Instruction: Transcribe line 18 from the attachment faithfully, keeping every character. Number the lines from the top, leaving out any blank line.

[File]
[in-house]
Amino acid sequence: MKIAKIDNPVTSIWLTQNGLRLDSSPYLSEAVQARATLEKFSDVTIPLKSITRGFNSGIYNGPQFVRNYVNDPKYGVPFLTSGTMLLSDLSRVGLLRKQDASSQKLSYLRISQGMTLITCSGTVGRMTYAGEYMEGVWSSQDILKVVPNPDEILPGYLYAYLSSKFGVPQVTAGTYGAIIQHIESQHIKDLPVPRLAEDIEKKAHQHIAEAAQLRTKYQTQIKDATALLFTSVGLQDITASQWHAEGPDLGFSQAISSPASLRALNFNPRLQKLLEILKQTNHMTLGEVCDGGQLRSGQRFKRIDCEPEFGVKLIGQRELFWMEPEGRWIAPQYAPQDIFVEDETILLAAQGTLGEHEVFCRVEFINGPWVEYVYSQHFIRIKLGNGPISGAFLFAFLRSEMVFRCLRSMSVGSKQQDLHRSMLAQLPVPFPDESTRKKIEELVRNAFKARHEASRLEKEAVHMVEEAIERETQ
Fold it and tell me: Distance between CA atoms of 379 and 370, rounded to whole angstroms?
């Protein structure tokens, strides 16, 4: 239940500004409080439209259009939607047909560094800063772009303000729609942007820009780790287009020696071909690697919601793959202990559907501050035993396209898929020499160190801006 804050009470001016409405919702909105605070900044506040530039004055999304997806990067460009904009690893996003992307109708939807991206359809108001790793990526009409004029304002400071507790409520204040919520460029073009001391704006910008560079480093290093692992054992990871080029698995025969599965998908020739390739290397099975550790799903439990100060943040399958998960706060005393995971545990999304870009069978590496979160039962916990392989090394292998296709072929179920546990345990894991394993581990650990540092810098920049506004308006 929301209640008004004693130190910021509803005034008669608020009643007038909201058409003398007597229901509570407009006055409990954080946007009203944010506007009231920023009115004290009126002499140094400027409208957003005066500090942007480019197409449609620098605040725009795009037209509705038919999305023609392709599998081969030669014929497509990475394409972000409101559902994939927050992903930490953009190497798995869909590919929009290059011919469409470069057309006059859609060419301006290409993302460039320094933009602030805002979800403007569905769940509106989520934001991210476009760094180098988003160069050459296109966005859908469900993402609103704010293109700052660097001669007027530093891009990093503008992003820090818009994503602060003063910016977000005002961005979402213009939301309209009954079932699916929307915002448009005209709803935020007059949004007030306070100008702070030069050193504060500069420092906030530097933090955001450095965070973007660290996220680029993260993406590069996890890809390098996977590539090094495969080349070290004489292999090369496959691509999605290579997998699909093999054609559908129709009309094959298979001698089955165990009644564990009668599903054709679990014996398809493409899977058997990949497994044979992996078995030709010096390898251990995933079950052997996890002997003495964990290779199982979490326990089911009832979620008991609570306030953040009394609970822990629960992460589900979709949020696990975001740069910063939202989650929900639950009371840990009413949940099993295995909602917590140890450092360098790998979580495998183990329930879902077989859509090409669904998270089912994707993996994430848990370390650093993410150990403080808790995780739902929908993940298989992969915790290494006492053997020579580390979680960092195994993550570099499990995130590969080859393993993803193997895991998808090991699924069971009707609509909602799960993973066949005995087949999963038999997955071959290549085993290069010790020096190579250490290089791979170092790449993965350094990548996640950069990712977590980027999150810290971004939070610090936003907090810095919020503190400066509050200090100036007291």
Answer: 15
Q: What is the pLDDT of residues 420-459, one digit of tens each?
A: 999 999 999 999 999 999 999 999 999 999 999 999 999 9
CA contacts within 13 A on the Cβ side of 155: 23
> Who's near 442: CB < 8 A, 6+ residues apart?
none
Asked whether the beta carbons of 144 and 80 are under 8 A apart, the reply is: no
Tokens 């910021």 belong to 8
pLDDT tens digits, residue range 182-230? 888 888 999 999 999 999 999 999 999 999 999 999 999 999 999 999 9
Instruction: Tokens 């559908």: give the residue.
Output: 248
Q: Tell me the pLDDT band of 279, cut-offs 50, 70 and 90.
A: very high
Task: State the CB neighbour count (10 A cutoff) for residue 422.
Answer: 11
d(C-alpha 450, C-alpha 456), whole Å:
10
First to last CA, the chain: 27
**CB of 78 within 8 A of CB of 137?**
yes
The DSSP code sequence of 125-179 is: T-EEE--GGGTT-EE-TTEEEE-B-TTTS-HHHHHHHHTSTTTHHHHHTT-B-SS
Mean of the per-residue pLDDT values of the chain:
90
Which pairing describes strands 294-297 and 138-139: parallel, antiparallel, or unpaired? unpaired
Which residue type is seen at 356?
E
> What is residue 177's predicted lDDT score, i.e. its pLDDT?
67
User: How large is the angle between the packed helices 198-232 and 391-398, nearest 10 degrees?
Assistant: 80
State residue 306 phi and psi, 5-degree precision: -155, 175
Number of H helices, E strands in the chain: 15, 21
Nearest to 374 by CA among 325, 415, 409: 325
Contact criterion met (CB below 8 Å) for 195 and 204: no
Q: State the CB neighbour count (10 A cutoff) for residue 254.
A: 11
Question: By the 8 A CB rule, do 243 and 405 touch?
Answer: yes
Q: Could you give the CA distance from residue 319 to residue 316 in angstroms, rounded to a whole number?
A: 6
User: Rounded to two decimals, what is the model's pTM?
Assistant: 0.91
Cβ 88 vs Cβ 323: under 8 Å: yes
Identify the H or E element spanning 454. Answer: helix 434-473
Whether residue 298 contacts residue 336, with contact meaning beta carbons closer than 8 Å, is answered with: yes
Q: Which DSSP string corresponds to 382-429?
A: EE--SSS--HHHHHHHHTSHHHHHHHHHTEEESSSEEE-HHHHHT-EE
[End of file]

Task: State the CB neighbour count (10 A cutoff) for residue 422.